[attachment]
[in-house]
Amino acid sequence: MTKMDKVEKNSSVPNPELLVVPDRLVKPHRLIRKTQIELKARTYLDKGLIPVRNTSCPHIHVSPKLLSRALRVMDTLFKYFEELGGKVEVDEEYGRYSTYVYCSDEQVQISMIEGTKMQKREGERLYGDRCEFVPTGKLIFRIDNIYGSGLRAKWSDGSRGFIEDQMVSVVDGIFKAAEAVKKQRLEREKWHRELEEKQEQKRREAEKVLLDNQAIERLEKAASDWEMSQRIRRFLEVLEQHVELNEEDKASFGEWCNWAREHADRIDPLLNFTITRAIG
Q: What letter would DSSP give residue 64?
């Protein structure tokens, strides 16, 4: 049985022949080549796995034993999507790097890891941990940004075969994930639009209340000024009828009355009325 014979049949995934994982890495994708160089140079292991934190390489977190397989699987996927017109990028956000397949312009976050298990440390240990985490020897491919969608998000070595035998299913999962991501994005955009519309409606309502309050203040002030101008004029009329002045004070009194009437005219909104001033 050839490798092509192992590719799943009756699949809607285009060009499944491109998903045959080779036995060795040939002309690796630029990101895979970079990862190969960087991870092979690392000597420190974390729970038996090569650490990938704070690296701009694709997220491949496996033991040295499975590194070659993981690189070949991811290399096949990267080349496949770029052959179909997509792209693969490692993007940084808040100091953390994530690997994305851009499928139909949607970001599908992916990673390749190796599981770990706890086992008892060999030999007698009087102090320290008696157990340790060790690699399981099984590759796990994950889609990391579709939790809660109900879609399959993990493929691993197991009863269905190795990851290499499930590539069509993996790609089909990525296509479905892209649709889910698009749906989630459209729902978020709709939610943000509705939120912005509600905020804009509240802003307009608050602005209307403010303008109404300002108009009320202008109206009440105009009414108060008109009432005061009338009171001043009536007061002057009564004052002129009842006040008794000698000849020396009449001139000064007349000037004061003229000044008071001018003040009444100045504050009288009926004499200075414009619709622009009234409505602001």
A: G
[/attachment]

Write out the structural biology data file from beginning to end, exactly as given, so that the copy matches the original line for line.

[in-house]
Amino acid sequence: MTKMDKVEKNSSVPNPELLVVPDRLVKPHRLIRKTQIELKARTYLDKGLIPVRNTSCPHIHVSPKLLSRALRVMDTLFKYFEELGGKVEVDEEYGRYSTYVYCSDEQVQISMIEGTKMQKREGERLYGDRCEFVPTGKLIFRIDNIYGSGLRAKWSDGSRGFIEDQMVSVVDGIFKAAEAVKKQRLEREKWHRELEEKQEQKRREAEKVLLDNQAIERLEKAASDWEMSQRIRRFLEVLEQHVELNEEDKASFGEWCNWAREHADRIDPLLNFTITRAIG
Q: What letter would DSSP give residue 64?
């Protein structure tokens, strides 16, 4: 049985022949080549796995034993999507790097890891941990940004075969994930639009209340000024009828009355009325 014979049949995934994982890495994708160089140079292991934190390489977190397989699987996927017109990028956000397949312009976050298990440390240990985490020897491919969608998000070595035998299913999962991501994005955009519309409606309502309050203040002030101008004029009329002045004070009194009437005219909104001033 050839490798092509192992590719799943009756699949809607285009060009499944491109998903045959080779036995060795040939002309690796630029990101895979970079990862190969960087991870092979690392000597420190974390729970038996090569650490990938704070690296701009694709997220491949496996033991040295499975590194070659993981690189070949991811290399096949990267080349496949770029052959179909997509792209693969490692993007940084808040100091953390994530690997994305851009499928139909949607970001599908992916990673390749190796599981770990706890086992008892060999030999007698009087102090320290008696157990340790060790690699399981099984590759796990994950889609990391579709939790809660109900879609399959993990493929691993197991009863269905190795990851290499499930590539069509993996790609089909990525296509479905892209649709889910698009749906989630459209729902978020709709939610943000509705939120912005509600905020804009509240802003307009608050602005209307403010303008109404300002108009009320202008109206009440105009009414108060008109009432005061009338009171001043009536007061002057009564004052002129009842006040008794000698000849020396009449001139000064007349000037004061003229000044008071001018003040009444100045504050009288009926004499200075414009619709622009009234409505602001």
A: G